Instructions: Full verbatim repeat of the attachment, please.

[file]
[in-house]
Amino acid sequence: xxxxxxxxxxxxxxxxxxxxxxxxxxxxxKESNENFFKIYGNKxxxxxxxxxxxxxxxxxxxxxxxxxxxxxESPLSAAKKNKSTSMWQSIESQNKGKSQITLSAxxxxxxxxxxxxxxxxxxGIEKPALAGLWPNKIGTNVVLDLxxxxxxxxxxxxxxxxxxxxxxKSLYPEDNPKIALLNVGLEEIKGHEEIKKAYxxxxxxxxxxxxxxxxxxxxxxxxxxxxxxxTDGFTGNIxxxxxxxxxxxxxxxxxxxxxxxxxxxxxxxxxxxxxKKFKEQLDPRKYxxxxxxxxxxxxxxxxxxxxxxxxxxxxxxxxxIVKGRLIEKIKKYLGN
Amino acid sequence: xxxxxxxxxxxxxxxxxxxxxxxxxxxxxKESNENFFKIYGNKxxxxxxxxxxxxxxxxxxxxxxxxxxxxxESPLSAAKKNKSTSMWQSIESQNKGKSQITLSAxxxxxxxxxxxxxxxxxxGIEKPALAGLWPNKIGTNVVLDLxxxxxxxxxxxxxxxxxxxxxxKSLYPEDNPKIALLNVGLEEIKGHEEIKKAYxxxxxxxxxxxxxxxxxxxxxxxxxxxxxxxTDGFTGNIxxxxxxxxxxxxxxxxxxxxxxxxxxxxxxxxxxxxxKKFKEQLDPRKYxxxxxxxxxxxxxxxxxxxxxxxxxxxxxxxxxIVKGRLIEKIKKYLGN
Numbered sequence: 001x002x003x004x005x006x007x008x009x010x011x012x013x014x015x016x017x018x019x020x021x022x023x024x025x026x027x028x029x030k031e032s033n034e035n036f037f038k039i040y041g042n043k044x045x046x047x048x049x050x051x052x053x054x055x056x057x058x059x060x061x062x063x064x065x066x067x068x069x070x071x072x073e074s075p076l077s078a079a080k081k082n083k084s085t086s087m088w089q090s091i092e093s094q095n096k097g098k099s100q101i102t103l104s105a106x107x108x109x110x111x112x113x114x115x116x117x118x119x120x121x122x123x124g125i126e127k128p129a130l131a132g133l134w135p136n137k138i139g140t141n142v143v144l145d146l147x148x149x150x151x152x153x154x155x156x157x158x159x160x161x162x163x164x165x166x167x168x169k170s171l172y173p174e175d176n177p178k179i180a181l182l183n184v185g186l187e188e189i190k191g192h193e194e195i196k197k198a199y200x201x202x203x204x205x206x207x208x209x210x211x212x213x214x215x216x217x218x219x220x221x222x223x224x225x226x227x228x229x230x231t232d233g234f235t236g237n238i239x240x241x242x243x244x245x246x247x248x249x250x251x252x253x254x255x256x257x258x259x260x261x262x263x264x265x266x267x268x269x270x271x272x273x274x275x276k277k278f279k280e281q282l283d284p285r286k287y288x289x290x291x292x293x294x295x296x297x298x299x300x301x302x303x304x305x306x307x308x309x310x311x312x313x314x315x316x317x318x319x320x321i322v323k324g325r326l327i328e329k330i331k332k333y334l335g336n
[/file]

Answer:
[in-house]
Amino acid sequence: xxxxxxxxxxxxxxxxxxxxxxxxxxxxxKESNENFFKIYGNKxxxxxxxxxxxxxxxxxxxxxxxxxxxxxESPLSAAKKNKSTSMWQSIESQNKGKSQITLSAxxxxxxxxxxxxxxxxxxGIEKPALAGLWPNKIGTNVVLDLxxxxxxxxxxxxxxxxxxxxxxKSLYPEDNPKIALLNVGLEEIKGHEEIKKAYxxxxxxxxxxxxxxxxxxxxxxxxxxxxxxxTDGFTGNIxxxxxxxxxxxxxxxxxxxxxxxxxxxxxxxxxxxxxKKFKEQLDPRKYxxxxxxxxxxxxxxxxxxxxxxxxxxxxxxxxxIVKGRLIEKIKKYLGN
Amino acid sequence: xxxxxxxxxxxxxxxxxxxxxxxxxxxxxKESNENFFKIYGNKxxxxxxxxxxxxxxxxxxxxxxxxxxxxxESPLSAAKKNKSTSMWQSIESQNKGKSQITLSAxxxxxxxxxxxxxxxxxxGIEKPALAGLWPNKIGTNVVLDLxxxxxxxxxxxxxxxxxxxxxxKSLYPEDNPKIALLNVGLEEIKGHEEIKKAYxxxxxxxxxxxxxxxxxxxxxxxxxxxxxxxTDGFTGNIxxxxxxxxxxxxxxxxxxxxxxxxxxxxxxxxxxxxxKKFKEQLDPRKYxxxxxxxxxxxxxxxxxxxxxxxxxxxxxxxxxIVKGRLIEKIKKYLGN
Numbered sequence: 001x002x003x004x005x006x007x008x009x010x011x012x013x014x015x016x017x018x019x020x021x022x023x024x025x026x027x028x029x030k031e032s033n034e035n036f037f038k039i040y041g042n043k044x045x046x047x048x049x050x051x052x053x054x055x056x057x058x059x060x061x062x063x064x065x066x067x068x069x070x071x072x073e074s075p076l077s078a079a080k081k082n083k084s085t086s087m088w089q090s091i092e093s094q095n096k097g098k099s100q101i102t103l104s105a106x107x108x109x110x111x112x113x114x115x116x117x118x119x120x121x122x123x124g125i126e127k128p129a130l131a132g133l134w135p136n137k138i139g140t141n142v143v144l145d146l147x148x149x150x151x152x153x154x155x156x157x158x159x160x161x162x163x164x165x166x167x168x169k170s171l172y173p174e175d176n177p178k179i180a181l182l183n184v185g186l187e188e189i190k191g192h193e194e195i196k197k198a199y200x201x202x203x204x205x206x207x208x209x210x211x212x213x214x215x216x217x218x219x220x221x222x223x224x225x226x227x228x229x230x231t232d233g234f235t236g237n238i239x240x241x242x243x244x245x246x247x248x249x250x251x252x253x254x255x256x257x258x259x260x261x262x263x264x265x266x267x268x269x270x271x272x273x274x275x276k277k278f279k280e281q282l283d284p285r286k287y288x289x290x291x292x293x294x295x296x297x298x299x300x301x302x303x304x305x306x307x308x309x310x311x312x313x314x315x316x317x318x319x320x321i322v323k324g325r326l327i328e329k330i331k332k333y334l335g336n